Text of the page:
We want to share information about Male Breast Cancer. Not many talk about this disease happening to men. Please read the information below from The National Breast Cancer Foundation and Breastcancer.org.
All people, whether male or female, are born with some breast cells and tissue. Even though males do not develop milk-producing breasts, a man’s breast cells and tissue can still develop cancer. Even so, male breast cancer is very rare. Less than one percent of all breast cancer cases develop in men, and only one in a thousand men will ever be diagnosed with breast cancer.
Breast cancer in men is usually detected as a hard lump underneath the nipple and areola. Men carry a higher mortality than women do, primarily because awareness among men is less and they are less likely to assume a lump is breast cancer, which can cause a delay in seeking treatment.
Infiltrating Ductal Carcinoma
Of the men who develop breast cancer, the vast majority of those cases are Infiltrating Ductal Carcinoma (IDC), which means cells in or around the ducts begin to invade surrounding tissue. Very rarely, a man might be diagnosed with inflammatory breast cancer, or Paget disease, of the nipple.
Signs & Symptoms
Male breast cancer can exhibit the same symptoms as breast cancer in women, including a lump. Anyone who notices anything unusual about their breasts, whether male or female, should contact their physician immediately. Survival rates and treatment for men with breast cancer are very similar to those for women. Early detection of breast cancer increases treatment options and often reduces the risk of dying from breast cancer.
The National Breast Cancer Foundation was founded in 1991 by breast cancer survivor, Janelle Hail.
THE RISK FACTORS FOR MALE BREAST CANCER
It’s important to understand the risk factors for male breast cancer — particularly because men are not routinely screened for the disease and don’t think about the possibility that they’ll get it. As a result, breast cancer tends to be more advanced in men than in women when it is first detected.
A number of factors can increase a man’s risk of getting breast cancer:
• Growing older: This is the biggest factor. Just as is the case for women, risk increases as age increases. The average age of men diagnosed with breast cancer is about 68.
• High estrogen levels: Breast cell growth — both normal and abnormal — is stimulated by the presence of estrogen. Men can have high estrogen levels as a result of:
* taking hormonal medicines
* being overweight, which increases the production of estrogen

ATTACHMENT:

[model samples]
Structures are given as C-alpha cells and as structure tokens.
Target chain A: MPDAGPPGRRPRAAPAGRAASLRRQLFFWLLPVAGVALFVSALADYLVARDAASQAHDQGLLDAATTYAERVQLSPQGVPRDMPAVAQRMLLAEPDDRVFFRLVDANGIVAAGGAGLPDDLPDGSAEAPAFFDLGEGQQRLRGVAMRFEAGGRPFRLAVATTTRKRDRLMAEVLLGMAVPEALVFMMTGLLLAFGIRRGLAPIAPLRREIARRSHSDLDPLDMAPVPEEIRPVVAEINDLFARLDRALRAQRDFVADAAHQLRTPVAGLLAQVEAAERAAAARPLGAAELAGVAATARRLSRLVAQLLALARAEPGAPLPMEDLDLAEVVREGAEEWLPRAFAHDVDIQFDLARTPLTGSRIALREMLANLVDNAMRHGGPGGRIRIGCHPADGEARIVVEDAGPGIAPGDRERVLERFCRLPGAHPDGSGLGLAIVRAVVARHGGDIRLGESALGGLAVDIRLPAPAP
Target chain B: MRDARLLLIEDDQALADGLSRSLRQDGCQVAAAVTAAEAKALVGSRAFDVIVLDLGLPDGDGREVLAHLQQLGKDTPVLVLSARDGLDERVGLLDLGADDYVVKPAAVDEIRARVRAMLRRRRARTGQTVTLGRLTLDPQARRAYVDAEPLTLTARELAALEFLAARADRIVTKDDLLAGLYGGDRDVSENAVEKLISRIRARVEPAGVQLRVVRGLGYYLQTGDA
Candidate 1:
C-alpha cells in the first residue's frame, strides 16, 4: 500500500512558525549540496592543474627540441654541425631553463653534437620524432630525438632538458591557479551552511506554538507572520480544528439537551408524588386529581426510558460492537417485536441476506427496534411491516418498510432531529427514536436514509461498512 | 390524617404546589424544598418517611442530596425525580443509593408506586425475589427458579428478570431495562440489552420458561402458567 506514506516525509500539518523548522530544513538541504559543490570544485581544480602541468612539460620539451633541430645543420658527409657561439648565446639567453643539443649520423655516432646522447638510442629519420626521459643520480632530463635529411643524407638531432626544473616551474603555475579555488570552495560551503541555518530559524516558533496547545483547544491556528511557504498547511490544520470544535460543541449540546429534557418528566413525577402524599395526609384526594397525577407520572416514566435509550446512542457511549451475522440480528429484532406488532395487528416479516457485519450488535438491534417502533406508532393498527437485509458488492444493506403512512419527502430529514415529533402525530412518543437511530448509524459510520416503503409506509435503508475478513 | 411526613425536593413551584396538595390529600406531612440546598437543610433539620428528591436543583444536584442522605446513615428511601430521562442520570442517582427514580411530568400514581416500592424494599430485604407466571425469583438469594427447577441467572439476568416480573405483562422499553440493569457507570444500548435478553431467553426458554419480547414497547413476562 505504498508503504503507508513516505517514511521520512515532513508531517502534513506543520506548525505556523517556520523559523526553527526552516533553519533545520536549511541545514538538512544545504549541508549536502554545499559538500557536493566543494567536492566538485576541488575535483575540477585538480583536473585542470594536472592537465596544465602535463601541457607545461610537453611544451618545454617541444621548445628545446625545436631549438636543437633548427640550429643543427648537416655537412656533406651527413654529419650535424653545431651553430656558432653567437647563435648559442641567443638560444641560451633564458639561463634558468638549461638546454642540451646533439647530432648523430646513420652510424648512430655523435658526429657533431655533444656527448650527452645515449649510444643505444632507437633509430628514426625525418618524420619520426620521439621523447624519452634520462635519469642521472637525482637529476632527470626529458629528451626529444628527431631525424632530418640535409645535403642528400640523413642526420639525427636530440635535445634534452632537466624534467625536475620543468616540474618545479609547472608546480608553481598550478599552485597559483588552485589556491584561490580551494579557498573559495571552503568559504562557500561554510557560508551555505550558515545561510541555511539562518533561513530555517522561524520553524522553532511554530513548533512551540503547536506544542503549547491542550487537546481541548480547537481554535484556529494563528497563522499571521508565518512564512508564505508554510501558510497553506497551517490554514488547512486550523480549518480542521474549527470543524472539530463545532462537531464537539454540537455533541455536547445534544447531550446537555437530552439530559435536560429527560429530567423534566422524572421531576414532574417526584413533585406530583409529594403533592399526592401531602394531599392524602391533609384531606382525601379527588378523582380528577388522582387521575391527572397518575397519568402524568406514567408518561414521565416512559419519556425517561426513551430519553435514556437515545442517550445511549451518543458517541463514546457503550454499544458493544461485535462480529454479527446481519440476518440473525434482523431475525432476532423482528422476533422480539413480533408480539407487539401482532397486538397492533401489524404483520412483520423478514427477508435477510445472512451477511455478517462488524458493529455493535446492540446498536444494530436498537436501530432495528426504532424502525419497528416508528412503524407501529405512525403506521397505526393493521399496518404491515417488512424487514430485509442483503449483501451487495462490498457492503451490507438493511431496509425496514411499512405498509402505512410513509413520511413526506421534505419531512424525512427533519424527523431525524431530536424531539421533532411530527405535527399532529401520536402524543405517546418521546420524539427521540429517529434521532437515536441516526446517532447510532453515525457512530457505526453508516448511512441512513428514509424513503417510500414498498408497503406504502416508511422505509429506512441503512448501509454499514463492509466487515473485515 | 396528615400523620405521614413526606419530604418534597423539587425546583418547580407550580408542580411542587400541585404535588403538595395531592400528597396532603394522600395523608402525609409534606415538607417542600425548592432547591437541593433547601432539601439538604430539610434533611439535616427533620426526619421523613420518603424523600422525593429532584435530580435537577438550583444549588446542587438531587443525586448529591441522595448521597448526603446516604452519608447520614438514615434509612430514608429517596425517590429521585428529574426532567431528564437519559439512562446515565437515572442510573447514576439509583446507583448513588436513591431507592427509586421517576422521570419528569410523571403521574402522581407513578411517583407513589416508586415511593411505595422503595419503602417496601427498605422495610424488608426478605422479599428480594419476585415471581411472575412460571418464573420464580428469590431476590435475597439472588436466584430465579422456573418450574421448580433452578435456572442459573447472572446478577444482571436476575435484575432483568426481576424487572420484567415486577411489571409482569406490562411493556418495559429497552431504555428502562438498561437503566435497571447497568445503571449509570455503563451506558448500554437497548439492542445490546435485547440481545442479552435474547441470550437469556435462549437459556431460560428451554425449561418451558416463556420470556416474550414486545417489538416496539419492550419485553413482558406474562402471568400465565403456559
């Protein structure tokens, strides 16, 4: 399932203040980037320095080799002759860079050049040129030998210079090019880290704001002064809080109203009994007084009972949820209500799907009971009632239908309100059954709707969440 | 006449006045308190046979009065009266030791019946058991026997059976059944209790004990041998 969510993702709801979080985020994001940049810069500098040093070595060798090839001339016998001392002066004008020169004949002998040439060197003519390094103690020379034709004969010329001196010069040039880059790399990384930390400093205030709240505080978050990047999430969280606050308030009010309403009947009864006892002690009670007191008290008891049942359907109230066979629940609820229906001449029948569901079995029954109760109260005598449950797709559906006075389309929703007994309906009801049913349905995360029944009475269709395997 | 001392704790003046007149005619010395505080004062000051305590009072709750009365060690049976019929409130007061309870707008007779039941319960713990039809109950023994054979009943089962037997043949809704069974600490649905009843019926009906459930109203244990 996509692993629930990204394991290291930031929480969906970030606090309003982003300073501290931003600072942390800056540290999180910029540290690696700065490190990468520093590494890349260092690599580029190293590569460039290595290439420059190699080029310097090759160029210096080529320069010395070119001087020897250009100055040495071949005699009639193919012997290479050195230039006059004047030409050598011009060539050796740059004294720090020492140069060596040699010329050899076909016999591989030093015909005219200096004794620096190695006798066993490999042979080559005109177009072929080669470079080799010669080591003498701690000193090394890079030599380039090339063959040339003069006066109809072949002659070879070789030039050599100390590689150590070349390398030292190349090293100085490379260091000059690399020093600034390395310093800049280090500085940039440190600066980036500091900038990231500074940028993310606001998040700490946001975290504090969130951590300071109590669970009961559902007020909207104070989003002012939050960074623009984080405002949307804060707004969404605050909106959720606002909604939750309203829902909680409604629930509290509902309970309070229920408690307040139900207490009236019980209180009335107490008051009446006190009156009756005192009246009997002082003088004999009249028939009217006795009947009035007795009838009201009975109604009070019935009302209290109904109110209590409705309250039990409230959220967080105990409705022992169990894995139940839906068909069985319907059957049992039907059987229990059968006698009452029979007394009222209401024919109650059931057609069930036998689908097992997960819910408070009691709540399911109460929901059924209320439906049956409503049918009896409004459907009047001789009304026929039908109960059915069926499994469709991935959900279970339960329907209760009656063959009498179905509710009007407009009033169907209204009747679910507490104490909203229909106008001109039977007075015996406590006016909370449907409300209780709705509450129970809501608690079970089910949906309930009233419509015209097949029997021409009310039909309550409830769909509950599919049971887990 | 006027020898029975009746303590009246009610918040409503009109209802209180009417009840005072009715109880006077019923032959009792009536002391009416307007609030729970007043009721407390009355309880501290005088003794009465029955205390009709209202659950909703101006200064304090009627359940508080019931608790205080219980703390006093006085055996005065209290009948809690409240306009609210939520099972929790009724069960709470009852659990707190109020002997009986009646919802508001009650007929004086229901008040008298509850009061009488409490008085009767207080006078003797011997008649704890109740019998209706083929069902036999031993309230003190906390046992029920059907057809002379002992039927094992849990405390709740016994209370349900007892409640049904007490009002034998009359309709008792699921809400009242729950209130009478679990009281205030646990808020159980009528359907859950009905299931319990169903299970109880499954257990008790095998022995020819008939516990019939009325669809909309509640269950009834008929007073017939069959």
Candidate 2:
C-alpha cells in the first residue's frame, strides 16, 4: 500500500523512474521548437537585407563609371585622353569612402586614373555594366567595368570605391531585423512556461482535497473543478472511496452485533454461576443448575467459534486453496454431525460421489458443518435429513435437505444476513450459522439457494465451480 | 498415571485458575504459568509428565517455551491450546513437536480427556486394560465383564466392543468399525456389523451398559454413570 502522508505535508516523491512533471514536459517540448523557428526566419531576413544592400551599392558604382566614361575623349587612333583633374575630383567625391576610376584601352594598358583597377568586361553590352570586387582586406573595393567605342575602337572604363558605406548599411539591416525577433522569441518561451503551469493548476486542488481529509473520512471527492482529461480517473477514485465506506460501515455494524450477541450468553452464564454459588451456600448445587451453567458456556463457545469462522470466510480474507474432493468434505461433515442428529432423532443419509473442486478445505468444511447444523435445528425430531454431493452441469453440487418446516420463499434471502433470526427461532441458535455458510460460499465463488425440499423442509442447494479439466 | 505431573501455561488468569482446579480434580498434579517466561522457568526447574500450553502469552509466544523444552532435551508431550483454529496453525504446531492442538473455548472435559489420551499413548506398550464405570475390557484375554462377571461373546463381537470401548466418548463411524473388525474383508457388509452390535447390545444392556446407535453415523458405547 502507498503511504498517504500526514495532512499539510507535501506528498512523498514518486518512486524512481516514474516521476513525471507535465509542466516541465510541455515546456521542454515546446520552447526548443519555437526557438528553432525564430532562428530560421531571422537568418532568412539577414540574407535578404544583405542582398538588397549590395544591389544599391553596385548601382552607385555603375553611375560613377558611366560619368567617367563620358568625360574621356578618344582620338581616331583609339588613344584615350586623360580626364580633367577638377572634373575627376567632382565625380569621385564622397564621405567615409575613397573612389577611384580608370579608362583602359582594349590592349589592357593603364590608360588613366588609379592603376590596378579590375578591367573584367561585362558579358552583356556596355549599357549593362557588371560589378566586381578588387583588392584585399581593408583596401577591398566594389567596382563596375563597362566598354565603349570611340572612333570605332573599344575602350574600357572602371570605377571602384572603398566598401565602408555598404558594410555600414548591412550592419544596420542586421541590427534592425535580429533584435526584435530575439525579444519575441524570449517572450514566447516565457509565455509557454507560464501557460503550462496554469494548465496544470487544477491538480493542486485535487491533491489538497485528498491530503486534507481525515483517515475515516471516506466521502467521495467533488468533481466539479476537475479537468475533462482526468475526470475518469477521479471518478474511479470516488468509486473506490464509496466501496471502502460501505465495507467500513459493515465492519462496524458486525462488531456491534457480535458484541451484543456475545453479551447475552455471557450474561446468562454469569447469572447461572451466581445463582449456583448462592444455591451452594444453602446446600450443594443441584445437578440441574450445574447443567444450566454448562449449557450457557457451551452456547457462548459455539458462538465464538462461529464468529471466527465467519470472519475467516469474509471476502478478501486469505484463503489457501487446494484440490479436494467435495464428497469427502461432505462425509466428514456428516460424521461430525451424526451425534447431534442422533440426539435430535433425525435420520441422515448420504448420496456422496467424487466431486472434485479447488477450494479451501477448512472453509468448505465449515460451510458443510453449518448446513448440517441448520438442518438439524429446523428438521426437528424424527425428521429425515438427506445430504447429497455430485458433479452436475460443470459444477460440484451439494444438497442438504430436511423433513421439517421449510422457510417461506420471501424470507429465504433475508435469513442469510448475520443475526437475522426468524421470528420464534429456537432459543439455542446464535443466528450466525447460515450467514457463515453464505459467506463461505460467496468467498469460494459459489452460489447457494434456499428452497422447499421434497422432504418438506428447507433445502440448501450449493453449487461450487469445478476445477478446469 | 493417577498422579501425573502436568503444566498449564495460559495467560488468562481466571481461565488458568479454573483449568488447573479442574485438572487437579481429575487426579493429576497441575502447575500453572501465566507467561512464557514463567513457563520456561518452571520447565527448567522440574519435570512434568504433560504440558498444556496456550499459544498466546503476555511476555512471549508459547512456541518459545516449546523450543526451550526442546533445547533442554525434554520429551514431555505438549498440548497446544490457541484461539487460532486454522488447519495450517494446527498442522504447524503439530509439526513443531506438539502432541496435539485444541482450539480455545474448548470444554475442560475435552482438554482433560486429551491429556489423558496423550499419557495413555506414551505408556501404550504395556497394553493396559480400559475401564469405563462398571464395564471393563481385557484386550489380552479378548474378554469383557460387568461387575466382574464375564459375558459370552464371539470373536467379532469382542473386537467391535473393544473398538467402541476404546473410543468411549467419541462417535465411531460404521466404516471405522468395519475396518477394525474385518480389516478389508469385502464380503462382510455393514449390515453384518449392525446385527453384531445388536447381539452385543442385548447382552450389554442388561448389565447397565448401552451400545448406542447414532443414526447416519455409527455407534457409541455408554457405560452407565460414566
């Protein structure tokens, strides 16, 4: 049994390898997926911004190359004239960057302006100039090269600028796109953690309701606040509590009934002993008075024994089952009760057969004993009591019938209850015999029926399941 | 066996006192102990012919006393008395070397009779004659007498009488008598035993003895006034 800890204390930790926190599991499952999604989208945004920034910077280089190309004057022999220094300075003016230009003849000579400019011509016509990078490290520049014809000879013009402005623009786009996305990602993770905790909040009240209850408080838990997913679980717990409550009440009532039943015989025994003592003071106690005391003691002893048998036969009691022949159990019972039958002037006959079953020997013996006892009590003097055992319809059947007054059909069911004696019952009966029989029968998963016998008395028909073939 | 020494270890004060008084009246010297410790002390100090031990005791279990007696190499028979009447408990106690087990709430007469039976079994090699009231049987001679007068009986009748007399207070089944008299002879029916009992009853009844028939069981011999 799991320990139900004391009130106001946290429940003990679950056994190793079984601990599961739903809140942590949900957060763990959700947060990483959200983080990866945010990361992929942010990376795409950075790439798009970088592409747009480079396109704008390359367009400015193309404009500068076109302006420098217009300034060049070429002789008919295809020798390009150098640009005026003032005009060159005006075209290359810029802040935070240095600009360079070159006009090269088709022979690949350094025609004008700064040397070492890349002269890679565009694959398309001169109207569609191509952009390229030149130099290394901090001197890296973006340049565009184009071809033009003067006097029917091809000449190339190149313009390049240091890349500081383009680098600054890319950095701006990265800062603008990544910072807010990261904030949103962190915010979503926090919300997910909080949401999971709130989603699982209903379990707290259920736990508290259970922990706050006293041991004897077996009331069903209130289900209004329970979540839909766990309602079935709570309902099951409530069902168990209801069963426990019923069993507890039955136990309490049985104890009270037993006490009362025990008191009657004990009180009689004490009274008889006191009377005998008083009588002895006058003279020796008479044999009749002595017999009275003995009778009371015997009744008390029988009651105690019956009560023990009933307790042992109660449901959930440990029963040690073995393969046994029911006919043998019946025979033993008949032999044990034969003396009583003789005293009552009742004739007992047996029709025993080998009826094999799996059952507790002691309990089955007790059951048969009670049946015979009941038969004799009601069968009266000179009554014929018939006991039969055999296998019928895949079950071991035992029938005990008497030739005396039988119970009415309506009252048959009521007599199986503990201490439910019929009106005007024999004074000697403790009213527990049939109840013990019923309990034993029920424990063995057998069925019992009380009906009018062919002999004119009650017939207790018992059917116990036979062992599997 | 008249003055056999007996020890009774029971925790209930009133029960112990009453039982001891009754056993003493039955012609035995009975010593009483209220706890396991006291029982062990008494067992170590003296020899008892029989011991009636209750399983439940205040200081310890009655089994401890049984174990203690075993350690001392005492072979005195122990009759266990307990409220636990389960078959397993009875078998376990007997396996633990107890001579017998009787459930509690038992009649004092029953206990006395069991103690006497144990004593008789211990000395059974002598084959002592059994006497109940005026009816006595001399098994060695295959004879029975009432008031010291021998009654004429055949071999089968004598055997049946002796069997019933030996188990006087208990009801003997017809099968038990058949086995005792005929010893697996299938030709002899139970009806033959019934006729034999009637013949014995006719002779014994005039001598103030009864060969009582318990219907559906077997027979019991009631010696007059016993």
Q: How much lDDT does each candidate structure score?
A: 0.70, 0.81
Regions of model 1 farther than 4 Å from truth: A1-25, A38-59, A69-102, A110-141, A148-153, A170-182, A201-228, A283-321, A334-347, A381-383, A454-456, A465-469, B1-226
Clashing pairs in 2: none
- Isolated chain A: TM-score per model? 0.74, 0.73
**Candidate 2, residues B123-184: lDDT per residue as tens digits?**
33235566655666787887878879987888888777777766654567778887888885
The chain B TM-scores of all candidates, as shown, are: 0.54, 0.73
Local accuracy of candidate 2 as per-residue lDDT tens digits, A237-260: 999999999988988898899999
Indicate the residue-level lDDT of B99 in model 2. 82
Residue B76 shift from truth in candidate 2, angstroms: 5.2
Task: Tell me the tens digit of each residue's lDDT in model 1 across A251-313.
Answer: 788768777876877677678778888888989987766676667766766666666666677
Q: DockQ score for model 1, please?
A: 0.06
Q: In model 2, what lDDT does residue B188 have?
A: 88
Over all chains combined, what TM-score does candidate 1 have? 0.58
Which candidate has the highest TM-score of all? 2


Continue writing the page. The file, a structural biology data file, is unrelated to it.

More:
* having been exposed to estrogens in the environment (such as estrogen and other hormones fed to fatten up beef cattle, or the breakdown products of the pesticide DDT, which can mimic the effects of estrogen in the body)
* being heavy users of alcohol, which can limit the liver’s ability to regulate blood estrogen levels
* having liver disease, which usually leads to lower levels of androgens (male hormones) and higher levels of estrogen (female hormones). This increases the risk of developing gynecomastia (breast tissue growth that is non-cancerous) as well as breast cancer.
• Klinefelter syndrome: Men with Klinefelter syndrome have lower levels of androgens (male hormones) and higher levels of estrogen (female hormones). Therefore, they have a higher risk of developing gynecomastia (breast tissue growth that is non-cancerous) and breast cancer. Klinefelter syndrome is a condition present at birth that affects about 1 in 1,000 men. Normally men have a single X and single Y chromosome. Men with Klinefelter syndrome have more than one X chromosome (sometimes as many as four). Symptoms of Klinefelter syndrome include having longer legs, a higher voice, and a thinner beard than average men; having smaller than normal testicles; and being infertile (unable to produce sperm).
• A strong family history of breast cancer or genetic mutations: Family history can increase the risk of breast cancer in men — particularly if other men in the family have had breast cancer. The risk is also higher if there is a proven breast cancer gene abnormality in the family. Men who inherit abnormal BRCA1 or BRCA2 genes (BR stands for BReast, and CA stands for CAncer) have an increased risk of male breast cancer. The lifetime risk of developing breast cancer is approximately 1% with the BRCA1 gene mutation and 6% with the BRCA2 gene mutation. Because of this strong association between male breast cancer and an abnormal BRCA2 gene, first-degree relatives (siblings, parents, and children) of a man diagnosed with breast cancer may want to ask their doctors about genetic testing for abnormal breast cancer genes. Still, the majority of male breast cancers happen in men who have no family history of breast cancer and no inherited gene abnormality.
• Radiation exposure: If a man has been treated with radiation to the chest, such as for lymphoma, he has an increased risk of developing breast cancer.
Breastcancer.org is a non-profit organization dedicated to providing information and community to those touched by this disease. Learn more about our commitment to providing complete, accurate, and private breast cancer information.